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Vehicles deboard the Gov. James B. Hunt ferry on the Currituck mainland Wednesday morning. The N.C. Department of Transportation resumed service on the Currituck-Knotts Island ferry Wednesday for the first time since April. The ferry’s first run from Knotts Island to the Currituck mainland was close to capacity.

CURRITUCK — State Rep. Bobby Hanig almost didn’t get his SUV on an almost full Currituck-Knotts Island ferry for the 6:50 a.m. departure from the island Wednesday morning.

But that would have been OK with Hanig, R-Currituck, as the first-term state representative wanted to be the one first in line when the ferry left Currituck about an hour earlier.

When the Gov. James B. Hunt pulled away from Currituck at 6 a.m. Wednesday it was the first time the ferry carried passengers since April 1. Hanig and four other vehicles were on the trip.

The five roundtrip-a-day service was shut down in April because of the COVID-19 pandemic. An N.C. Department of Transportation spokesperson said last week the ferry might not resume service this fiscal year, which ends next June, because of massive NCDOT budget shortfalls.

That didn’t sit well with Hanig and fellow lawmakers state Sen. Bob Steinburg, R-Chowan, and state Rep. Ed Goodwin, R-Chowan, who lobbied NCDOT officials to resume the ferry service.

That effort worked as NCDOT announced last week that the ferry would resume normal operations this week.

“We are glad this is open, it’s a big deal,” Hanig said.


One Knotts Island resident echoed Hanig’s sentiment.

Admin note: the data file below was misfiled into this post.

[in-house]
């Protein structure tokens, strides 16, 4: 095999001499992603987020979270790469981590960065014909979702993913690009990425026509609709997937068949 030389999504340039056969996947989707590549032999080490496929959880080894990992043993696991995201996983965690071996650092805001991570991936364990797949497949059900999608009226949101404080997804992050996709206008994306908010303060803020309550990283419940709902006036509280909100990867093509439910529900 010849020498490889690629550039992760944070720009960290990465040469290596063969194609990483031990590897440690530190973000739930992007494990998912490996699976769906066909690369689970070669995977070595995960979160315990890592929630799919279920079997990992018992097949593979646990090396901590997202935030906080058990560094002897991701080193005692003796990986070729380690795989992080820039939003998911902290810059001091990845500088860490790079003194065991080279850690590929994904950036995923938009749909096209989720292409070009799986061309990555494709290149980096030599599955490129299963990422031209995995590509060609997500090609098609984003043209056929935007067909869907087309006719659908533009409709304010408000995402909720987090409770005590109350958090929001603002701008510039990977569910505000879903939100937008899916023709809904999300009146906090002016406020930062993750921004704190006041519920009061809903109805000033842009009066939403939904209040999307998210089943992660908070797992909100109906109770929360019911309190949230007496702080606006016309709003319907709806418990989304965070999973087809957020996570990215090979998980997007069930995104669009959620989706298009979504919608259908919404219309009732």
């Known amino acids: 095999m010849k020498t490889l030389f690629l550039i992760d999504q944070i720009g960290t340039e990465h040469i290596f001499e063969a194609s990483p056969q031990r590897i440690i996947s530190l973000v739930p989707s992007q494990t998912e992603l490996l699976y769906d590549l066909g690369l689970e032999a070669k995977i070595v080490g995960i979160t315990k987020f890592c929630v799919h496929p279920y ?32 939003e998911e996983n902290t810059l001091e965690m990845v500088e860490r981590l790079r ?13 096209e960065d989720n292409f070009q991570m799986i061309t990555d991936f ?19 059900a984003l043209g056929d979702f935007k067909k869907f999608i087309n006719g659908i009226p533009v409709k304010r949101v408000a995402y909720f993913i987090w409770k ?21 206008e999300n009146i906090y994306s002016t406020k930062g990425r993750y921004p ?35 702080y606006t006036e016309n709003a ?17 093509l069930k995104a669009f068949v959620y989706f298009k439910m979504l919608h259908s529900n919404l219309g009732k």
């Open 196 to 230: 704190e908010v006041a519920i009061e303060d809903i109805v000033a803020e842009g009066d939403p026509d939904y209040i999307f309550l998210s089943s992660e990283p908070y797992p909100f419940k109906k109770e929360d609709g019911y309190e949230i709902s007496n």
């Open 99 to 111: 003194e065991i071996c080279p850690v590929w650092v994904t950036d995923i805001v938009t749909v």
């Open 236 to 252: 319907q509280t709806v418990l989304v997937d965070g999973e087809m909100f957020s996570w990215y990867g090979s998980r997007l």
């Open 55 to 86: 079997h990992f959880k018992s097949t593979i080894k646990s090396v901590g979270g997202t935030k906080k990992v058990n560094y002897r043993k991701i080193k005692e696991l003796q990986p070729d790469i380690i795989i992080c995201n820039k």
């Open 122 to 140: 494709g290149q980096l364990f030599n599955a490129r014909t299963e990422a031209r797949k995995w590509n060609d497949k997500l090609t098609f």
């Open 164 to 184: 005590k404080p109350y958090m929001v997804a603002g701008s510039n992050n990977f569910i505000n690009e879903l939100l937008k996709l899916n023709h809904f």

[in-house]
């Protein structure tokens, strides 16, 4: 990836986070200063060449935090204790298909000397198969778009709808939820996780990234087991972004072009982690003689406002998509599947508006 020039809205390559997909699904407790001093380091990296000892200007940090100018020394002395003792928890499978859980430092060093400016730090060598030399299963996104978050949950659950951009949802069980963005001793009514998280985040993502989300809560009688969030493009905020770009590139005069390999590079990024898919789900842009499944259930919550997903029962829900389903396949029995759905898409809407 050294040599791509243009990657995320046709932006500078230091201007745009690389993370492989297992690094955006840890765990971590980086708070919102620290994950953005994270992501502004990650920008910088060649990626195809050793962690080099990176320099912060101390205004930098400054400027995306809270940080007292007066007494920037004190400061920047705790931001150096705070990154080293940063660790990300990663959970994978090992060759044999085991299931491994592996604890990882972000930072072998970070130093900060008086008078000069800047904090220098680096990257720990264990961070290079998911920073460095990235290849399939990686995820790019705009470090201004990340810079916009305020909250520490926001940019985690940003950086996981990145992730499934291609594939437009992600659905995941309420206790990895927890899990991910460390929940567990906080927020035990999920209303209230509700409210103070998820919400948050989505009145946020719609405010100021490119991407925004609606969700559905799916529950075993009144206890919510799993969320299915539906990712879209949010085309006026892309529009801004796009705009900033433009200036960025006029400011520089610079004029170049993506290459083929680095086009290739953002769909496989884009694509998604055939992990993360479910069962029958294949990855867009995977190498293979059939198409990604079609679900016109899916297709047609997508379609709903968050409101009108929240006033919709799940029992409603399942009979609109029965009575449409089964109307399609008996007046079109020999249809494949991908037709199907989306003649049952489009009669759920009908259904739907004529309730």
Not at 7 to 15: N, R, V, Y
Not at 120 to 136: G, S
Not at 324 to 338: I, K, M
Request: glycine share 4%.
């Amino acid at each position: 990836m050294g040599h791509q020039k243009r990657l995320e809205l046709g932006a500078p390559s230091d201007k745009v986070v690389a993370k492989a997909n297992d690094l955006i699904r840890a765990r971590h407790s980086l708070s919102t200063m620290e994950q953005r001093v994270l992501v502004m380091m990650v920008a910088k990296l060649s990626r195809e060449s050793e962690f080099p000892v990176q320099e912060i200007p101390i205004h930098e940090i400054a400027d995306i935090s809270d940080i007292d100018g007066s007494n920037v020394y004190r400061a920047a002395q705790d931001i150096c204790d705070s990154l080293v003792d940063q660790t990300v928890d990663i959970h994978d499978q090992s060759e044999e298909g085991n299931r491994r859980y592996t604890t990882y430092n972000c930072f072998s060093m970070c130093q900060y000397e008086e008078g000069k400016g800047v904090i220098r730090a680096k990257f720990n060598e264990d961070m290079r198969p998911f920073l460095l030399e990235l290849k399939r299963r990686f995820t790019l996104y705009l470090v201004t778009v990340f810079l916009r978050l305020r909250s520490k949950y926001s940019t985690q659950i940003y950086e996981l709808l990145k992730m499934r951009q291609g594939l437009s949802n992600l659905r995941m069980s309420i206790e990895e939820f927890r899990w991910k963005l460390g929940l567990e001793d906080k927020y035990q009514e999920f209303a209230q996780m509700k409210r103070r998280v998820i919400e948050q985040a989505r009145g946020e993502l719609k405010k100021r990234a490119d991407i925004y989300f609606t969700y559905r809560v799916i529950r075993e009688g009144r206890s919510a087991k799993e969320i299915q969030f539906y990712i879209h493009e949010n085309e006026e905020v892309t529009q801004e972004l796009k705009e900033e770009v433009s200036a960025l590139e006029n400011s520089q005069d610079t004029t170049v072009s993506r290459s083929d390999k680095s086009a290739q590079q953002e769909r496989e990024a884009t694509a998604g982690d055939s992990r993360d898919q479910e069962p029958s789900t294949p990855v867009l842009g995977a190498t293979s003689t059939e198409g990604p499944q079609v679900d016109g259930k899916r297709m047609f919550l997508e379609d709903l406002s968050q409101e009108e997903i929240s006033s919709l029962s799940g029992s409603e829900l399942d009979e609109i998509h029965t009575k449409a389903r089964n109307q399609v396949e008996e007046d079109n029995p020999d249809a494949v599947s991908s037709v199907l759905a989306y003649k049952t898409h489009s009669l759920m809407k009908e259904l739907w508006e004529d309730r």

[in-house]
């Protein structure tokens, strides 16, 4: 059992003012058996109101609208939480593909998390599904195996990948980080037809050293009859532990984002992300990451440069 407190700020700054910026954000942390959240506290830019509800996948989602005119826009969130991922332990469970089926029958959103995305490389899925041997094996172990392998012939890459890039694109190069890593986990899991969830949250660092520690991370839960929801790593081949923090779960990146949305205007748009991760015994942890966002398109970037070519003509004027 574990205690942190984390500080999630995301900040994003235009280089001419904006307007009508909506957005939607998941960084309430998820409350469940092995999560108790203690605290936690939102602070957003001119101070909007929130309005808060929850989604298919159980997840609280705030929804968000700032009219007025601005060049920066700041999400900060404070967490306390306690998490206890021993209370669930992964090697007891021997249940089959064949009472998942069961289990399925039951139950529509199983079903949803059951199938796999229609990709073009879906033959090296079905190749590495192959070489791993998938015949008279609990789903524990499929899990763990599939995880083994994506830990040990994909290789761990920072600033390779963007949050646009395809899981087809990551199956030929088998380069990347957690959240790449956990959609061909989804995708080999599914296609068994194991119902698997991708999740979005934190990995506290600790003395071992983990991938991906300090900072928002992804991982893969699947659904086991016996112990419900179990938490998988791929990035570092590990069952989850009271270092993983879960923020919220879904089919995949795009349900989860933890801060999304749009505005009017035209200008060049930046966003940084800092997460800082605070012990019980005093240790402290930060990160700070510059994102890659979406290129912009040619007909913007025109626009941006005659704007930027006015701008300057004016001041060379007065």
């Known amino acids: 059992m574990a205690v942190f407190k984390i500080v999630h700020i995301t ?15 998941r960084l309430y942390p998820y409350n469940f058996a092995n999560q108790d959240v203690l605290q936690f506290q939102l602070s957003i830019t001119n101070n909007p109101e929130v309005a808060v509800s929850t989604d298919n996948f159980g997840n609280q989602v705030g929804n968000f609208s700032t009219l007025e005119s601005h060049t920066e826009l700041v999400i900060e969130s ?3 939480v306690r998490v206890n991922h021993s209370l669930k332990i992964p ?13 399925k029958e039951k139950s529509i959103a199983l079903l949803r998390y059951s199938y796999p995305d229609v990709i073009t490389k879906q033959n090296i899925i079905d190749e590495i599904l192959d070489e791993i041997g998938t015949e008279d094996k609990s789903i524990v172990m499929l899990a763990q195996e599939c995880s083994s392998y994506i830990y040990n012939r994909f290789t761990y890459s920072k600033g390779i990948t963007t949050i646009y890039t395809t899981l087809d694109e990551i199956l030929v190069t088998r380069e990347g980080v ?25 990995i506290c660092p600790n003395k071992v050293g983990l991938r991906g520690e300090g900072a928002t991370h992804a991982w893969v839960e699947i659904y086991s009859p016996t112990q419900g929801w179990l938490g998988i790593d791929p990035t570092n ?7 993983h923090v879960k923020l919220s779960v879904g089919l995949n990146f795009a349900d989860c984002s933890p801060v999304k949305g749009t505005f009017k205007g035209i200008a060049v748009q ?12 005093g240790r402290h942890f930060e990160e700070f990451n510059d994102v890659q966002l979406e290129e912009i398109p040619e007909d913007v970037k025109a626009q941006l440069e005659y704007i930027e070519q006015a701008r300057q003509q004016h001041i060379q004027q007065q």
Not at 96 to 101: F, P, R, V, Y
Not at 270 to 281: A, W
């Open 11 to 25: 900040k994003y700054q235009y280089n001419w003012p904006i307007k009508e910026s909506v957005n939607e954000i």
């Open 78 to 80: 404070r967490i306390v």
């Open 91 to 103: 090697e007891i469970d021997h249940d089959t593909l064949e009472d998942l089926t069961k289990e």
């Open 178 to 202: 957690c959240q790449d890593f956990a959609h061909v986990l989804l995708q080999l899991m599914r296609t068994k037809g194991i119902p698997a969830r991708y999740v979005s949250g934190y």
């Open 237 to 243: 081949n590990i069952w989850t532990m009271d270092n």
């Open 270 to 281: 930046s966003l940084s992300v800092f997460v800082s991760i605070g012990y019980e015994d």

“Thank God this is running again,” a man in a pickup truck pulling a front-end loader said as he departed the ferry in Currituck Wednesday morning.

Almost a dozen other vehicles also departed the ferry when it arrived in Currituck at 7:30 a.m. Hanig’s SUV was the last one off as he had to go to the back of the line of vehicles waiting on Knotts Island, making the return trip with little room to spare.

As those vehicles drove off the ferry in Currituck they passed a roofing company truck pulling a long trailer of roofing supplies and another pickup waiting in line for the return trip to Knotts Island, which wasn’t scheduled for another 90 minutes.

That, Hanig said, proves the importance of the ferry service.

“This is crucial, this is their highway,” Hanig said. “This is a classic example of what government is supposed to do. The reasons they were giving us why it was shut down were just not holding any water. For it to be shut down was a real burden on folks. But everyone came together and did the right thing.”